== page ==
A Conversation with Dr. Bounoua, Weight-loss surgeon

Written by Nora Wallace on

Dr. Farida Bounoua helps patients lose weight surgically, watching them ‘blossom’ afterward.

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Dr. Farida Bounoua helps patients lose weight surgically, watching them ‘blossom’ afterward.

Dr. Bounoua, a Fellow of the American College of Surgeons (FACS) and a member of the American Society of Bariatric Surgery (ASMBS), came to Lompoc Valley Medical Center two years ago to develop a surgical weight loss program. She and Dr. Christopher Taglia, FACS, DABOM, have a joint experience performing over 1000 Bariatric surgeries, most recently completing over 100 Bariatric surgeries while developing the Bariatric Surgery Program at Lompoc Valley Medical Center.

“Lompoc Valley Medical Center has a comprehensive program,” Dr. Bounoua explains. “It’s not just about the surgeon you will see, but you will have a gastroenterologist and a cardiologist, a dietitian and mental health professional to support you in this journey and prepare you for success. Each team member brings particular expertise to make the patient meet his goal.”

Dr. Bounoua’s path toward a medical career didn’t start with the bariatric specialty.

In August 2021, LVMC’s Bariatric Surgery Program became a nationally accredited Comprehensive Bariatric program that meets the highest standards for patient safety and quality by the Metabolic and Bariatric Surgery Accreditation and Quality improvement program (MBSAQIP). A Joint quality program of the American College of Surgeons and the American Society for Metabolic and Bariatric Surgery (ASMBS).  

LVMC has a Bariatric Surgery program that encompasses a multidisciplinary team that will follow all bariatric surgery patients from initial consultation through their entire weight loss journey and beyond, with annual follow-up once the goal-weight has been met.

The team consists of a Bariatric Surgery Program coordinator and Clinical Surgical Reviewer who will help patients navigate through the initial preoperative phase and long-term follow-up. A Bariatric Nutritionist who will help prepare the patients for the new lifestyle and relationship with food. A Behavioral health specialist with a certification in Bariatrics who will help prepare you and support you with the emotional adjustments that patients will go through. A physical therapist that guides you on your path by helping you in developing a safe exercise plan prior to surgery and after surgery. LVMC also offers monthly Bariatric Support groups and Nutritional Seminars.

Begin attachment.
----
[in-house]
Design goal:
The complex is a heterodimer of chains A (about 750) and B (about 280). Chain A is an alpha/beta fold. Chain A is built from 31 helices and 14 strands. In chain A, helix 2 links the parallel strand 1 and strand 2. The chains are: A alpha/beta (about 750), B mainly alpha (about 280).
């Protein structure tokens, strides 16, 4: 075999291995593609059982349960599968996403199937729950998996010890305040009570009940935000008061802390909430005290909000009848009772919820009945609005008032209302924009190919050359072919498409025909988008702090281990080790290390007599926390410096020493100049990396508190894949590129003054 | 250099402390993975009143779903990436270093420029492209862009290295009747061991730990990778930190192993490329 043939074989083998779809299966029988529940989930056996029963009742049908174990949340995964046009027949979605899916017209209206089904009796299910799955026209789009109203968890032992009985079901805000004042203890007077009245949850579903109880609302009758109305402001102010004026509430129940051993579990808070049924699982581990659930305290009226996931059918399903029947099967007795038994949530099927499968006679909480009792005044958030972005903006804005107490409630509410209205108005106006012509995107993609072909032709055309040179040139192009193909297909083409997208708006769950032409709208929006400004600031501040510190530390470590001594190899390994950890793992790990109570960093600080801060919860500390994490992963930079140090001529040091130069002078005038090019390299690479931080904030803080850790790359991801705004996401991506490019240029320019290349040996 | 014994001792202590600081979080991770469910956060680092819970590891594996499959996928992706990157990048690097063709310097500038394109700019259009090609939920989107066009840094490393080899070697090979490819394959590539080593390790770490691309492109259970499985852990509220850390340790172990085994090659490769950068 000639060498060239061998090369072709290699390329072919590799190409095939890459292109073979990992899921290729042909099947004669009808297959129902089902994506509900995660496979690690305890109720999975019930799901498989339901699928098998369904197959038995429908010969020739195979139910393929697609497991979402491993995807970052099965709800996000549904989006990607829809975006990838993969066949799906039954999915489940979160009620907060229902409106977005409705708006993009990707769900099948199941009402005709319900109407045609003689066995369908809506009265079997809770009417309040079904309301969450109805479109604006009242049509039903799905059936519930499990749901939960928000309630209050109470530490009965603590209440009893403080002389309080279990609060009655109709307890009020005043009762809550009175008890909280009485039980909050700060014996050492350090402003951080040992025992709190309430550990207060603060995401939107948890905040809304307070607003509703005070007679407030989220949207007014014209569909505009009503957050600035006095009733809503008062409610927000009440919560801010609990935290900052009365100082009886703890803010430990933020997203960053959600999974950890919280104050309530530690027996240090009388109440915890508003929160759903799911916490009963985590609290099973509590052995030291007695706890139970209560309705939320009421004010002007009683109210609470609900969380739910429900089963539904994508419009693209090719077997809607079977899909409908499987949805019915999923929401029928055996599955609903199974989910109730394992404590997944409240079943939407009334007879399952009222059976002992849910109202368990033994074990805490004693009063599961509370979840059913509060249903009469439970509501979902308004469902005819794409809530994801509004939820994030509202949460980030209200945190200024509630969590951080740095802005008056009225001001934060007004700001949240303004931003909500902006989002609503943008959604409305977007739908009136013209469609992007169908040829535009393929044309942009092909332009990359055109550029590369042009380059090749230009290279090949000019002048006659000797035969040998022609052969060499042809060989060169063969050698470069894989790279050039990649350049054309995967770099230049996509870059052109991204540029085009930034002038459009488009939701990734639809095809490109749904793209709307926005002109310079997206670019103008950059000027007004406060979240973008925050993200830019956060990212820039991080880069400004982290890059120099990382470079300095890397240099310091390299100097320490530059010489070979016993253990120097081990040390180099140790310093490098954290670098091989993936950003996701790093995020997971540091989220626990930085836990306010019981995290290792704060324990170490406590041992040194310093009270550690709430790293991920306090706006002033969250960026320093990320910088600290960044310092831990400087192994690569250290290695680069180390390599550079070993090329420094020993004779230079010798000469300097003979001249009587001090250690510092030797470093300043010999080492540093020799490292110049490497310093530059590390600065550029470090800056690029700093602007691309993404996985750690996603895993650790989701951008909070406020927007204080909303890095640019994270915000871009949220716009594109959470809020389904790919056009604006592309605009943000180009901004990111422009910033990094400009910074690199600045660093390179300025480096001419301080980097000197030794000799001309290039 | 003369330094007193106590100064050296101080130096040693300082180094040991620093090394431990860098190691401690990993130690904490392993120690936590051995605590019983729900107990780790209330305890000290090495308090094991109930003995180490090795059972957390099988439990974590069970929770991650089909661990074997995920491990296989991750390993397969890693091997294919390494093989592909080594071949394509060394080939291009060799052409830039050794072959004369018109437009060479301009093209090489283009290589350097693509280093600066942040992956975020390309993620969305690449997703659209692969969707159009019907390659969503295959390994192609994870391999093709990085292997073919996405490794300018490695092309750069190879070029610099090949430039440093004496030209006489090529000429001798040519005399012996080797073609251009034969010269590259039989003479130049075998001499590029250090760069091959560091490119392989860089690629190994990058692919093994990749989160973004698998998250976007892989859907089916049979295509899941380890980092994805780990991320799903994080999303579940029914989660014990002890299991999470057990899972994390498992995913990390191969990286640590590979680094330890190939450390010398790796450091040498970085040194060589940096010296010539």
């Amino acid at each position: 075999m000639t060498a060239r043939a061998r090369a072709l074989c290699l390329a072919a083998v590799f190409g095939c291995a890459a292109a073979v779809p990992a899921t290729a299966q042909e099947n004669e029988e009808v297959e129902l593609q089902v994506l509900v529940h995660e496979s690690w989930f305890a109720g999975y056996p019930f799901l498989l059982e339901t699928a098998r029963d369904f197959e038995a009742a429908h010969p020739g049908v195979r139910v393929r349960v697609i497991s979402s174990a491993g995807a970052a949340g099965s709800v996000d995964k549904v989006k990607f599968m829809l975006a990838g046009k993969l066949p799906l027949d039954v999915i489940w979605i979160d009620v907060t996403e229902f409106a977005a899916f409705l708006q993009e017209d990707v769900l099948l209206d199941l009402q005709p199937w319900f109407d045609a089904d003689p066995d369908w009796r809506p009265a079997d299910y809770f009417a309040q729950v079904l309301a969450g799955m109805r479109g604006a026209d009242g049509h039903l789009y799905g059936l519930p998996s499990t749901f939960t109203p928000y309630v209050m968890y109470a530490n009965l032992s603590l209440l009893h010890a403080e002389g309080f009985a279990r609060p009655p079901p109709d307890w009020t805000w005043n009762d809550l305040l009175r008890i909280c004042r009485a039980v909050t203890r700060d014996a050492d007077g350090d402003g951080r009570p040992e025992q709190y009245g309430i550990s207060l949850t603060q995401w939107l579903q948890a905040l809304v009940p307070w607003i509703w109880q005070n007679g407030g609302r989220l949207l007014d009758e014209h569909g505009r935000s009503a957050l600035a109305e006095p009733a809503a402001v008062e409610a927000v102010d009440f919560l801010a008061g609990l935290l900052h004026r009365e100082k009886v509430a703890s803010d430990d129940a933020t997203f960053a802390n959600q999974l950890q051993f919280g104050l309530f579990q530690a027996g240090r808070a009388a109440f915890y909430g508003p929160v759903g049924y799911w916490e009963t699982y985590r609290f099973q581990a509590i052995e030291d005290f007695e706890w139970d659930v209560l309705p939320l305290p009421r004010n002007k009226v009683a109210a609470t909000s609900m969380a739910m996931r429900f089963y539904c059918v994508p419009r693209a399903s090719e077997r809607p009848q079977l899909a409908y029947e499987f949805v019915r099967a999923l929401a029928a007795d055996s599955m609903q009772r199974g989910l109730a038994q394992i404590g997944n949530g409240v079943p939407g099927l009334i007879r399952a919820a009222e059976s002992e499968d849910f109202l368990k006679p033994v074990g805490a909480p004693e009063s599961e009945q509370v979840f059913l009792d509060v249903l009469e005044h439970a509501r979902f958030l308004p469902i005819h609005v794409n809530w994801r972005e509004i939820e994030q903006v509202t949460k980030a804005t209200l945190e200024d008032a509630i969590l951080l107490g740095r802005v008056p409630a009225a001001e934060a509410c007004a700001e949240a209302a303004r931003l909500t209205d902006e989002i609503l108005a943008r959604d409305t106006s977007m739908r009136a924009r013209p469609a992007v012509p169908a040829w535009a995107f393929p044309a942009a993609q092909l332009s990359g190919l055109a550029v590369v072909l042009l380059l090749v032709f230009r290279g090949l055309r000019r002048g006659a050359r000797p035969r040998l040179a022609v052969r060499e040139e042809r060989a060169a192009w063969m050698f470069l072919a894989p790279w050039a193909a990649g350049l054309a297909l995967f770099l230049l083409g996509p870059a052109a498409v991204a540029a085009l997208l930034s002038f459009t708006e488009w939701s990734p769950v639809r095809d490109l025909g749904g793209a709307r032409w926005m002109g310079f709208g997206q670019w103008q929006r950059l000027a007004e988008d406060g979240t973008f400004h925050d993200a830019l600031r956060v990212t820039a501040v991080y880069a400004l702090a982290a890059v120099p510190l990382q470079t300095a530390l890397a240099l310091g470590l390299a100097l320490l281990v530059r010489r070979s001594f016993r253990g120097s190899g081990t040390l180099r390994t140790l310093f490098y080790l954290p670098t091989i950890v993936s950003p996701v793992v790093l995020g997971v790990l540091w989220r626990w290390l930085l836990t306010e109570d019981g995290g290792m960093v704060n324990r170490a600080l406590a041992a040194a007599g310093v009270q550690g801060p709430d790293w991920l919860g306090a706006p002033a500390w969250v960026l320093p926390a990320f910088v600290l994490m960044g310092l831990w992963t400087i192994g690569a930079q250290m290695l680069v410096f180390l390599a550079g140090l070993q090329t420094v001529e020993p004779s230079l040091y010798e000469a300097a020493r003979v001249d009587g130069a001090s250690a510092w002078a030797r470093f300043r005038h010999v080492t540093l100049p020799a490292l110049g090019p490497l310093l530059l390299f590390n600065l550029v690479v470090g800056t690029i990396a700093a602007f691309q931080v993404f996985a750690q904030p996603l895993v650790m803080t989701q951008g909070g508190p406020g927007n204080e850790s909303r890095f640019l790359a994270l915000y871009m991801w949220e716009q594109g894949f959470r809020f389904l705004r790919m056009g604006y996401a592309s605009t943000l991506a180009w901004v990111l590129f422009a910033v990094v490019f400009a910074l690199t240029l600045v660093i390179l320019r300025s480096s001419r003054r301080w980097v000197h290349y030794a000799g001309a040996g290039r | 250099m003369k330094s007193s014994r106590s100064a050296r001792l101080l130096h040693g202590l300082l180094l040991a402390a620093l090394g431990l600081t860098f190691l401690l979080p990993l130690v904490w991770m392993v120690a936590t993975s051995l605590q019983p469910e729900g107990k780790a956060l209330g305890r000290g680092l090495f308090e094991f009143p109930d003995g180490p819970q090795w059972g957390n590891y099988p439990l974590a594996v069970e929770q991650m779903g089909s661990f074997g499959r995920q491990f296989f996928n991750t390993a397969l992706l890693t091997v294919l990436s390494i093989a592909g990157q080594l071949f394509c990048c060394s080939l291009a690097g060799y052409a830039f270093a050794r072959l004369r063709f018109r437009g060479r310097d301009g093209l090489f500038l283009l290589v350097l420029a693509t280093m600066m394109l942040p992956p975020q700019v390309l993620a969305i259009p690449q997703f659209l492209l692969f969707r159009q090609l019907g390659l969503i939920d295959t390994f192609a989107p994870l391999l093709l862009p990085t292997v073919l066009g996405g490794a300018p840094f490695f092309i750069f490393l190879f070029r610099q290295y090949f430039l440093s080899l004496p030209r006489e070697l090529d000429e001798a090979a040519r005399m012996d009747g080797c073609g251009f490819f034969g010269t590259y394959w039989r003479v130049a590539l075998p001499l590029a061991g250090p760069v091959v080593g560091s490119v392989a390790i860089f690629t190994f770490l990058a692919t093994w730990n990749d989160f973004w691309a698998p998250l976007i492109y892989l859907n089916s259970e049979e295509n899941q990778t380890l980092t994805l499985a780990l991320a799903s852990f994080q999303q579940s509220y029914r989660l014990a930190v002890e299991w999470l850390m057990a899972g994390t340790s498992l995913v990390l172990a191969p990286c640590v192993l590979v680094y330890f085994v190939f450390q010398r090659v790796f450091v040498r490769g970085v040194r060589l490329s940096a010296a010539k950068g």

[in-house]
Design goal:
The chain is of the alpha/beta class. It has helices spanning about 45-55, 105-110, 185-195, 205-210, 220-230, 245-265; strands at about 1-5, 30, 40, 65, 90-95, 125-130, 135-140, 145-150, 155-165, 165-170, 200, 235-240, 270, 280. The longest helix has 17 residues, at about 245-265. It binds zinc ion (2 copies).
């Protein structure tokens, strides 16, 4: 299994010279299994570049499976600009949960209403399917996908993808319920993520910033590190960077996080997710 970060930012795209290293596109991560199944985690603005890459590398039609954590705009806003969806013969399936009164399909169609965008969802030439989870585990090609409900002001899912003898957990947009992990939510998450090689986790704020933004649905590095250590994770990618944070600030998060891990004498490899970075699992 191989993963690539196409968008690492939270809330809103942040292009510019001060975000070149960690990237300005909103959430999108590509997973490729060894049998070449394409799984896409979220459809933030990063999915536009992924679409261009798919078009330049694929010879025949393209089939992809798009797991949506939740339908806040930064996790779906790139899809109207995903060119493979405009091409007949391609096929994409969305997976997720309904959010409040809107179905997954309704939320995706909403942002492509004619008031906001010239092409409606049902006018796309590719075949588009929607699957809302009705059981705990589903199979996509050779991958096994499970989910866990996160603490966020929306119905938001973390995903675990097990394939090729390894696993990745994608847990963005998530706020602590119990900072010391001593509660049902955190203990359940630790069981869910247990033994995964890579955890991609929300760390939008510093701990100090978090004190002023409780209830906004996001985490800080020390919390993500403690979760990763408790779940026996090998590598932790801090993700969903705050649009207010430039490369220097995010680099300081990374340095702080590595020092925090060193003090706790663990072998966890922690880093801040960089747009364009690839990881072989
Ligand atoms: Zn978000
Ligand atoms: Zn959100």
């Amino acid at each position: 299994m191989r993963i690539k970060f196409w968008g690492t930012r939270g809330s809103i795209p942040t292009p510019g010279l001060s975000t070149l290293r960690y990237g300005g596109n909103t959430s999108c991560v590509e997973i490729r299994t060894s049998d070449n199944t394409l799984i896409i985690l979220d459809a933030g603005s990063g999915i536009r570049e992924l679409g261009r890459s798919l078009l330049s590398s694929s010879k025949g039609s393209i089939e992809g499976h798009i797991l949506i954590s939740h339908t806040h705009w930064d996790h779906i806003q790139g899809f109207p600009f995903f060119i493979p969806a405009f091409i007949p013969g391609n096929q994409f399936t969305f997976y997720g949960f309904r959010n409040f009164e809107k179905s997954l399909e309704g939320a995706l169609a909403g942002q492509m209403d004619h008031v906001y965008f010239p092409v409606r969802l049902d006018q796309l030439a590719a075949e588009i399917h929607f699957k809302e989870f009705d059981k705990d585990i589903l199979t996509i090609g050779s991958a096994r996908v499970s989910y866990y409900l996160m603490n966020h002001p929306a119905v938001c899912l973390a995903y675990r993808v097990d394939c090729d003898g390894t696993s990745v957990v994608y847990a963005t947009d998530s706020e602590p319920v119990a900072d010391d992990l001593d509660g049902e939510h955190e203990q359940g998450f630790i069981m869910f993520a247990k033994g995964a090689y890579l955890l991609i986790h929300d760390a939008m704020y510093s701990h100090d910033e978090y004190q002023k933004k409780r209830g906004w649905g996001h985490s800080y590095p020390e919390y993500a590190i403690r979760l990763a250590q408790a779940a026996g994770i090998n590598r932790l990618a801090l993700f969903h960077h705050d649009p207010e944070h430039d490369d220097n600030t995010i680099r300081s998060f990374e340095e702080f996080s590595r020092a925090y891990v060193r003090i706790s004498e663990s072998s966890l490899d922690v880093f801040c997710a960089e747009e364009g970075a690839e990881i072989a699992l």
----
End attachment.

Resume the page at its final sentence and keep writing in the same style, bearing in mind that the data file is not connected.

Dr. Bounoua earned her medical degree from the University of Algiers and obtained her medical license in Paris, France. She completed an Emergency residency at the University of Rene Descartes Paris V, France, then worked for two years as an attending in the emergency department in Paris.

Education was strongly emphasized by her parents, both of whom were Principals, Dr. Bounoua comes from a family of 12 children -- 11 daughters and one son. Seven of the siblings became physicians.

When she moved to the U.S., Dr. Bounoua realized that the triage of patients as an emergency physician was not suited for her, noting she “wanted to act and see the result of my decision making and therapy, (so) surgery was the natural choice for me, with the plan to do a minimally invasive and bariatric surgery fellowship.”

Dr. Bounoua completed her surgical residency at Santa Barbara Cottage Hospital, California.

With minimally invasive surgery, patients have a short recovery and less risk for complications, she explains.

“Complications such as hernias, venous thrombosis – as patients move and walk right after the surgery -- occur less often,” she says. “They are able to drink water the day of the surgery.”

With bariatric surgery, “You really help people change their quality of life. What is life if you cannot enjoy it fully? You bring out the real person.”

She says that patients have a new life, living the best version of themselves.